Online product reviews are becoming a battleground for modern AI

Online product reviews are becoming a battleground for modern AI

On the battlefield of online reviews, it’s AI versus AI.

Generative AI capable of spitting out human-sounding reviews is met by an AI trained to detect fake reviews. It’s the kind of clash that has implications for consumers and the future of online content.

Saoud Khalifah, founder and CEO of Fakespot, a startup that uses AI to detect fraudulent reviews, said his company has seen an influx of fake reviews generated by AI. Fakespot is working on a way to detect content written by AI platforms like ChatGPT.

The thing that’s very different today is that models are knowledgeable to the point where they can write about anything, she said.

Fake online reviews have been around as long as real online reviews, but the matter has taken on new urgency thanks to wider concerns about advanced AI technology that is now widely available on the internet.

After years of tackling the issue through case-by-case enforcement, the Federal Trade Commission last month proposed a new rule to crack down on fraudulent reviews. If passed, the rule would ban writing fake reviews, paying for reviews, withholding honest reviews and other deceptive practices, and imposing hefty fines on those who violate them.

But what is or isn’t a fake review is now less clear, and the technology to detect fraudulent reviews is still a work in progress.

We really don’t know that we have no way of knowing to what extent bad actors are actually using one of these tools and how much it may be bot-generated versus human-generated, said Michael Atleson, an attorney in the FTC’s Advertising Practices Division. It’s really a more serious concern, and it’s just a microcosm of the concerns that these chatbots are being used to create all kinds of fake content online.

There are some indications that AI-generated reviews are already common. CNBC reported in April that some Amazon reviews had clear indications of AI involvement, with many starting with the phrase, As an AI language model…

Amazon is among many online sellers who have been battling fake reviews for years. A spokesperson said the company receives millions of reviews every week and proactively blocked 200 million suspected fake reviews in 2022. The company uses a combination of human investigators and artificial intelligence to spot fake reviews, employing machine learning models that analyze factors such as user review history, login activity and relationship with other accounts.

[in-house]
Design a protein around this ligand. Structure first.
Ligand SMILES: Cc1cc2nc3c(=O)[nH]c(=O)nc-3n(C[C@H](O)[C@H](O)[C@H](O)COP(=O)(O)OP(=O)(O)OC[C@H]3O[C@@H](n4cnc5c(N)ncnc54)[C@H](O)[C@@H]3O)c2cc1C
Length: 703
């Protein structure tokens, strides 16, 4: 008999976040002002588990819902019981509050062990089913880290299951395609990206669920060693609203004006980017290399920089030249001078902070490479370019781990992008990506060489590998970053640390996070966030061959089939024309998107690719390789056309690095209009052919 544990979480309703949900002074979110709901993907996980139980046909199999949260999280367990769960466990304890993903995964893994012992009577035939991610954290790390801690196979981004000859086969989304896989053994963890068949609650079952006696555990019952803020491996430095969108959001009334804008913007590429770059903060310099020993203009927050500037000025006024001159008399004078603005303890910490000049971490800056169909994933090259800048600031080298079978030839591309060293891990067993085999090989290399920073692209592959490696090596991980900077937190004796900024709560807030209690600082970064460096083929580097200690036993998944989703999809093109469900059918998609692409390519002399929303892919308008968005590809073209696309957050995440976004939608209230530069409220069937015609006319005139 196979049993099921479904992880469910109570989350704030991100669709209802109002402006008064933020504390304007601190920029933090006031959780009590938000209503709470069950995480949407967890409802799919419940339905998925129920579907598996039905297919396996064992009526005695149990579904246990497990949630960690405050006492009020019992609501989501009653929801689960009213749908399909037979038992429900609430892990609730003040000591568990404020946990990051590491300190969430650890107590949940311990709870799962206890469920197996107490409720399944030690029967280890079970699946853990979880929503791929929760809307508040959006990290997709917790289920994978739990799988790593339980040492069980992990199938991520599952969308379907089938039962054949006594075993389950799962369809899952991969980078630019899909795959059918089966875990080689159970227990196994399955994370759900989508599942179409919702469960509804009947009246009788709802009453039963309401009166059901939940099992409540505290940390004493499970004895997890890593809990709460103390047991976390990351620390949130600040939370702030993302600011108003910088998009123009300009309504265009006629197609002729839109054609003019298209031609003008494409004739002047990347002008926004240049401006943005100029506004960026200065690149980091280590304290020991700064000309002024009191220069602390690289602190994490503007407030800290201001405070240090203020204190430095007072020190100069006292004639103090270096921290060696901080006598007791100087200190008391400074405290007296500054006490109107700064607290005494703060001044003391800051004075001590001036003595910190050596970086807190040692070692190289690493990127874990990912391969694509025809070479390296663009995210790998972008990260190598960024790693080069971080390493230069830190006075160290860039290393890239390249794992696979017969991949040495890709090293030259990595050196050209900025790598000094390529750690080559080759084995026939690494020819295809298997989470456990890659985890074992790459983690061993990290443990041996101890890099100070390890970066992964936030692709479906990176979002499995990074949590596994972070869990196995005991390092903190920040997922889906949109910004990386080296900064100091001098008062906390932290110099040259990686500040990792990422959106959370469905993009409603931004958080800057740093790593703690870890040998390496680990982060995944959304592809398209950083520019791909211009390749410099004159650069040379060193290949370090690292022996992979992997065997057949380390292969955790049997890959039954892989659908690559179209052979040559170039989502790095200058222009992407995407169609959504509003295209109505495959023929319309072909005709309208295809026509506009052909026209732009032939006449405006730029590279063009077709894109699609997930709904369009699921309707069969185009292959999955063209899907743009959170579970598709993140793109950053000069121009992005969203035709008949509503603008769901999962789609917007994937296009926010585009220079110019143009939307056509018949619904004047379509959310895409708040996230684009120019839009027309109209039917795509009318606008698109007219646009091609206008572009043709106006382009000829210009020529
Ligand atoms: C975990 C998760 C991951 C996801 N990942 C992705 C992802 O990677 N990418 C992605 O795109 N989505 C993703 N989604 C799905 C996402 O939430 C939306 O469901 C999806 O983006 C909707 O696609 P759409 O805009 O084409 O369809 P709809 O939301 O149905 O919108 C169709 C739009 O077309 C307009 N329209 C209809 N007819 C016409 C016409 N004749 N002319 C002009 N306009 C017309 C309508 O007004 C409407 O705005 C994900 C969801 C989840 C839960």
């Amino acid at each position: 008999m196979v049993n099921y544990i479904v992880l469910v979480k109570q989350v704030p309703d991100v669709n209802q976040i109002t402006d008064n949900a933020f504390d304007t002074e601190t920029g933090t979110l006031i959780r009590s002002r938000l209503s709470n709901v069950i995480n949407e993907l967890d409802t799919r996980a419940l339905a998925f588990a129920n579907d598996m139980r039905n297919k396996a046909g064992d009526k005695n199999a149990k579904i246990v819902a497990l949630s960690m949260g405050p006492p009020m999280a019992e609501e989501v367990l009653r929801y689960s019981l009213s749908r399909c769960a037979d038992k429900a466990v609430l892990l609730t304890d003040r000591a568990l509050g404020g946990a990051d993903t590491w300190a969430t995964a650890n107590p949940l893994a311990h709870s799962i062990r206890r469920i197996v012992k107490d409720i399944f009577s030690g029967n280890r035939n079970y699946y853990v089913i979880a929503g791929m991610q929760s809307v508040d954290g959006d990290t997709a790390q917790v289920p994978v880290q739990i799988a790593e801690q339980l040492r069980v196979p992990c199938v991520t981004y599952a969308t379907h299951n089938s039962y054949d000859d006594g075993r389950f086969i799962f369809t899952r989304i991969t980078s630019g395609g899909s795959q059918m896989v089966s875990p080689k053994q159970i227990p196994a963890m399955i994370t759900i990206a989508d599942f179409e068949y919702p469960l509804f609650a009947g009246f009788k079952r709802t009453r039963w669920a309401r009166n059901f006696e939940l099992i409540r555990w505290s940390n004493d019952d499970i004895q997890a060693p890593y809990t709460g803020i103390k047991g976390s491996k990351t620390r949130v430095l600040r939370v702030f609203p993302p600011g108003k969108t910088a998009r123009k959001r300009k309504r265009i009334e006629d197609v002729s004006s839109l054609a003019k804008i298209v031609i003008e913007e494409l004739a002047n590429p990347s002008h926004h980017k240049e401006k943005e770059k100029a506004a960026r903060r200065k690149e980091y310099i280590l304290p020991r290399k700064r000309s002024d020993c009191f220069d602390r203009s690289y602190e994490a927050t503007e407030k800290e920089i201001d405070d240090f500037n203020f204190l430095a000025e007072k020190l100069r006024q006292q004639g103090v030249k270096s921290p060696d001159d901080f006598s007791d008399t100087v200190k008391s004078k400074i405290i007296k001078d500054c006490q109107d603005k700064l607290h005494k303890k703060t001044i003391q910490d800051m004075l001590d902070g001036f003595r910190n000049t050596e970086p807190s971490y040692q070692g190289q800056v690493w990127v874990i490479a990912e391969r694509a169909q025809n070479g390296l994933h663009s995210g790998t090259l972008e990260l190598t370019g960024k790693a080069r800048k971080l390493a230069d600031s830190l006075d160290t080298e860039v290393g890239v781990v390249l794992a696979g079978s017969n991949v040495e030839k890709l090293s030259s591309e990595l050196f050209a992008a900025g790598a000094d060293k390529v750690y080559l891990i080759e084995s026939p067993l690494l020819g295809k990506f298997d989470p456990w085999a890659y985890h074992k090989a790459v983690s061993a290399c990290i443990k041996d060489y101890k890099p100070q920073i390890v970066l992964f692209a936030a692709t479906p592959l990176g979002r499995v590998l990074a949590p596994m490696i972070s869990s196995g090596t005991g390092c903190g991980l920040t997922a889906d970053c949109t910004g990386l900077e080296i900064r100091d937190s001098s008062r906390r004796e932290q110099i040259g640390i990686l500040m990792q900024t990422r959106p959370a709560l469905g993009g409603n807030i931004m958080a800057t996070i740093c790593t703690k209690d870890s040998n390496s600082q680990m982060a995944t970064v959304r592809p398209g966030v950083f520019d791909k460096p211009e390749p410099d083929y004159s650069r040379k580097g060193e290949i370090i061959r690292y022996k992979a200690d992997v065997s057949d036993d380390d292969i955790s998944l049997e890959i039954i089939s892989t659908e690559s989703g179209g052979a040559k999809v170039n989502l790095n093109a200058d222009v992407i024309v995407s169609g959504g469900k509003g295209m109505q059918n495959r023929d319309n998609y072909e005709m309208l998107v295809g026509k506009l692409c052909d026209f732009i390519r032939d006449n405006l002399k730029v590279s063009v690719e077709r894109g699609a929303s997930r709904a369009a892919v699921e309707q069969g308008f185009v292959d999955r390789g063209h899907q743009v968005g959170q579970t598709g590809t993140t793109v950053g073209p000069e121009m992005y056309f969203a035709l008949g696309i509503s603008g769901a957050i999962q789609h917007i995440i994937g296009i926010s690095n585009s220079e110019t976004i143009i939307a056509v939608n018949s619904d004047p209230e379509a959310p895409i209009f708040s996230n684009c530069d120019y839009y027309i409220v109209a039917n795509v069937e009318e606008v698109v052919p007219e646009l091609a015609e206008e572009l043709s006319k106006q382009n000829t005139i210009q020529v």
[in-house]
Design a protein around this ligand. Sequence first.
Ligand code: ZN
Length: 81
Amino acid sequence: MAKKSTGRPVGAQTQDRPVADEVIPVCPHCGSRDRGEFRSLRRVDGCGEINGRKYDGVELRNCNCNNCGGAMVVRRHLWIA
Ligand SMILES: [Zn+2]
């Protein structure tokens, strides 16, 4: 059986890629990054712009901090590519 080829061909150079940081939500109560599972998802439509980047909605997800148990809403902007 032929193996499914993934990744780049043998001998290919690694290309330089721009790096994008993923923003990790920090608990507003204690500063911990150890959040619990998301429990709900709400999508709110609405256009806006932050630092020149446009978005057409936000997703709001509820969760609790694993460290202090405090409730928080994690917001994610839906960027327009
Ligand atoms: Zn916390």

Further complicating the issue is the fact that AI-generated reviews aren’t entirely against Amazon’s rules. An Amazon spokesperson said the company allows customers to post AI-generated reviews as long as they are genuine and don’t violate policy guidelines.

The e-commerce giant has also indicated that it may need some help. In June, Dharmesh Mehta, vice president of Amazon’s worldwide sales partner services, called in a company blog post for greater collaboration between the private sector, consumer groups and governments to address the growing problem of fake reviews.

The crucial question is whether AI detection will be able to fool the AI ​​that creates fake reviews. The first AI-generated fake reviews Fakespot tracked came from India a few months ago, Khalifah said, produced by what he calls fake review farms selling fraudulent reviews en masse. Generative AI has the potential to make their job much easier.

It’s definitely a tough test for these detection tools to pass, said Bhuwan Dhingra, an assistant professor of computer science at Duke University. Because if the patterns exactly match how humans write something, then you really can’t tell the difference between the two. I wouldn’t expect to see a detector pass the test with flying colors any time soon.

Several studies have found that humans are not particularly good at detecting reviews written by AI. Many technologists and companies are working on systems to detect AI-generated content, with some like OpenAI, the company behind ChatGPT, even working on AI to detect their own AI.

Ben Zhao, a computer science professor at the University of Chicago, said it is nearly impossible for AI to rise to the challenge of eliminating AI-generated reviews, because reviews created by bots are often indistinguishable from human reviews.

It’s a constant cat-and-mouse chase, but ultimately there’s nothing fundamental that distinguishes an AI-created content, he said. You will find systems that claim they can distinguish between human written texts and ChatGPT text. But the techniques behind them are all quite simple compared to the thing they are trying to achieve.

With 90% of consumers saying they read reviews while shopping online, this is a prospect that worries some consumer advocates.

It’s terrifying for consumers, said Teresa Murray, who heads the consumer watchdog office for the US Public Interest Research Group. AI is already helping dishonest companies spit out real-sounding, conversational-sounding reviews by the thousands in seconds.

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